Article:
The whole show is framed that way but if they state a fact that is not true, let us know. We have takedown rules. We’ll comply if we think that it falls under that realm. Those are some of the things we do. I don’t leave in my show because I edit my show. I wouldn’t leave something that I thought was truly bashing a company because they had a bad experience and not necessarily a truthful account of what that company was like. If we have a bad experience when we were reviewing a product on a 3D Print show, we would say, “We only did one test and I’m proving to you because there’s a video that shows you how it fails but that doesn’t mean that you can’t get better results.” We almost always used to say it that way.

It gives it that broadness to make sure that you’re not influencing your audience in a negative way that could come back to harm another company. That was never our intention. Our intention is to promote the community not harm the community. That’s our purpose. Your purpose might be something totally different. Just be careful. Give some payments if you’re taking payments for guests or sponsors or if you’re doing sponsored episodes that are truly paid for. When Hewlett Packard sponsored our show, we disclosed it everywhere. That’s all we’re saying. We’re not saying we’re not going to take money. It’s saying if we do take money, we’re disclosing it.

It’s required because if you then post that article, you post that podcast out on social media and you fail to disclose that it was a paid-for-spot and paid-for-content, you’re violating their rules and you can get yourself in some serious hot water there. You must disclose that that’s an ad. It’s sponsored content. It’s paid for. That’s all I meant disclosing in the gifts and payment section. However, I do distinguish gifts and payments separate from speaking fees and I did this because I get invited to speak in a lot of places. I do not personally take a speaking fee. You might take one. You can disclose that there and say that you take one. In fact, you might even want to put your link to your speaking calendar where they can book with you if they’d like to invite you to speak.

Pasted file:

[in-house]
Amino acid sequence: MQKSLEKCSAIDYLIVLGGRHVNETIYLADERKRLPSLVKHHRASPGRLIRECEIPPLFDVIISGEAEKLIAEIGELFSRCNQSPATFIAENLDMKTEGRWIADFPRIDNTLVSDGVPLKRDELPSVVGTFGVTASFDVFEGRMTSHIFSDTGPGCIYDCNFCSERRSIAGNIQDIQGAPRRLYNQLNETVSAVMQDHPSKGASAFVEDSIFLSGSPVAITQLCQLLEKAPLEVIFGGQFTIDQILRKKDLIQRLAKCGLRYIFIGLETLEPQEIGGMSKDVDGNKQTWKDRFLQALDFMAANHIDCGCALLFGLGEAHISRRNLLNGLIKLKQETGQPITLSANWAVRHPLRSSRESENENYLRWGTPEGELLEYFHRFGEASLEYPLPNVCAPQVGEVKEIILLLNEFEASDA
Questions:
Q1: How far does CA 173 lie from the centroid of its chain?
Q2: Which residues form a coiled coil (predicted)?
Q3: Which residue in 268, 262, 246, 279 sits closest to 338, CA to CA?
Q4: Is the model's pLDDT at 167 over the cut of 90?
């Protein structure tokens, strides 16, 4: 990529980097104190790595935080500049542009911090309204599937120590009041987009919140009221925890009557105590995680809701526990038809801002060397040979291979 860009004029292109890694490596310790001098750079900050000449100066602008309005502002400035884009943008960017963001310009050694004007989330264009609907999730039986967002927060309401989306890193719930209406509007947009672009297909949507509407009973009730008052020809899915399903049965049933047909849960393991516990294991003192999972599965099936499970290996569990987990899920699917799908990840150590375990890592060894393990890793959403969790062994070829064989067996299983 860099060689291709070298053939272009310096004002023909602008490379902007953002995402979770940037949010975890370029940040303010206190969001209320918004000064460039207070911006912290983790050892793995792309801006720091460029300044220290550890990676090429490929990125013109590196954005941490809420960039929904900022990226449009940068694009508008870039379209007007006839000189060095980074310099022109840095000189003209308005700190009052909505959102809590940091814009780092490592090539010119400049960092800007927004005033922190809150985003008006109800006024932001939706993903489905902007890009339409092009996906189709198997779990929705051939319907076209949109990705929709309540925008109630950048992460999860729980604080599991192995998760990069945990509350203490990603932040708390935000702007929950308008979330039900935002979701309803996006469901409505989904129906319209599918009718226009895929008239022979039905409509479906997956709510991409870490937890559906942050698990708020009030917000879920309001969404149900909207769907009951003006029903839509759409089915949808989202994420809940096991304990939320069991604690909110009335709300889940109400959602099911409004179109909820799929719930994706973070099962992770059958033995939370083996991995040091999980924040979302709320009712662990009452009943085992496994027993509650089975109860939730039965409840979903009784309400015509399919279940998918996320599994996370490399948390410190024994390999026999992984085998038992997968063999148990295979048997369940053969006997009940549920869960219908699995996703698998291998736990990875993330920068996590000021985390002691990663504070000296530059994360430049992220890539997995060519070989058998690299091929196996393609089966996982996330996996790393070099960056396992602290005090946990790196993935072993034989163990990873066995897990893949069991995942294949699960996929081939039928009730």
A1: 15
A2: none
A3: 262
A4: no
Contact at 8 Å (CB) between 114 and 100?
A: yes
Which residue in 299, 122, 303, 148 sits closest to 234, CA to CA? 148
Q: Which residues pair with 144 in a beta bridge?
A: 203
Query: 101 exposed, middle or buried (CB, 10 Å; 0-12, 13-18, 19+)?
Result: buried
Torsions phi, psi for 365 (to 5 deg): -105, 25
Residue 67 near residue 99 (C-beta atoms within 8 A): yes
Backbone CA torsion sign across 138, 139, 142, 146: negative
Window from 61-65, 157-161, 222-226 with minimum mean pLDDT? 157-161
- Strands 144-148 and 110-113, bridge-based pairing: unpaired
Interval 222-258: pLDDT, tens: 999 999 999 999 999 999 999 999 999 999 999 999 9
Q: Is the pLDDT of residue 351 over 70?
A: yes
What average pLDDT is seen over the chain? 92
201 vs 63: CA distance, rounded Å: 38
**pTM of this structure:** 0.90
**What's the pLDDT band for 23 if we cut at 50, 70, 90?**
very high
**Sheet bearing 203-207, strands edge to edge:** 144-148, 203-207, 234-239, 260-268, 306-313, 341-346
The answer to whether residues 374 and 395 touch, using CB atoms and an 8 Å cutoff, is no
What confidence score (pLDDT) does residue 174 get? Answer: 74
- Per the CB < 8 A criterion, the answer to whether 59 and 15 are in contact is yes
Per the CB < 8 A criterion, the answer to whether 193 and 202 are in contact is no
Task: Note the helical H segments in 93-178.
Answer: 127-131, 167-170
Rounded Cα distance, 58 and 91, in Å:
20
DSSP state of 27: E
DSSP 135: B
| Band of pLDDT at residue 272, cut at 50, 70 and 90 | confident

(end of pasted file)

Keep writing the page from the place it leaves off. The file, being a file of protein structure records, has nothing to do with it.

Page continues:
That’s a great way to promote that, but I allow expenses and nominal gifts. Sometimes, when I speak, somebody gives me a mug, a T-shirt, or something like that. I say I accept those and I don’t have to report them. They’re not a big deal. I will accept speaking events where people pay me to come to speak there. I’ve done that many times but I usually do not allow speaking fees because I want to be able to sell my stuff from the stage. That’s my own rule. You’ll see that in the code but you might have a different code.

I agree with those rules. I can’t tell you how many T-shirts I have from different events that I never wear, and it has not influenced me to do one thing or another.

It doesn’t influence you to take a nominal gift, the paid VIP meal, or something like that. I stated right there that they don’t count and they’re allowed but these are the same rules that I used to have when I was an Inc Magazine columnist. I followed those same rules here. The next thing is clients advertisers and this is where I would lump in your guests if your guests are paying for spots like an advertiser is. If you’re using your guests, you could discuss that you occasionally take rush fees here. I don’t think that one is such a disclosure but you might want to be super transparent and honest about that.

FYB | Code Of Conduct

Code Of Conduct: It is self-serving, but it is also being transparent and trustworthy, so you have to do both at the same time. Therefore, it is for the listener too.

 

Basically, coverage of those who pay you and how you’re marketing that transparently for your audience. That’s what matters here, making a difference in distinguishment between advertiser versus editorial content. If it’s advertising or sponsored content versus that, and there is a separation of those two, they’re clearly distinguished. How are you going to mark them? What are you doing? How are you documenting that? You don’t have to disclose how much you make anywhere. There’s no requirement to do that.

None of any publication, social media platform, or event. They don’t require you to tell how much they make. They only require that you disclose that you were paid for it. Those are the basics. Agreement links up all to your terms and conditions and privacy policy so make sure you have both of those in place. You can go around and play at the bottom of TheBingeFactor.com. You can see mine as well and how they link back and forth to the code of conduct in the code of ethics there.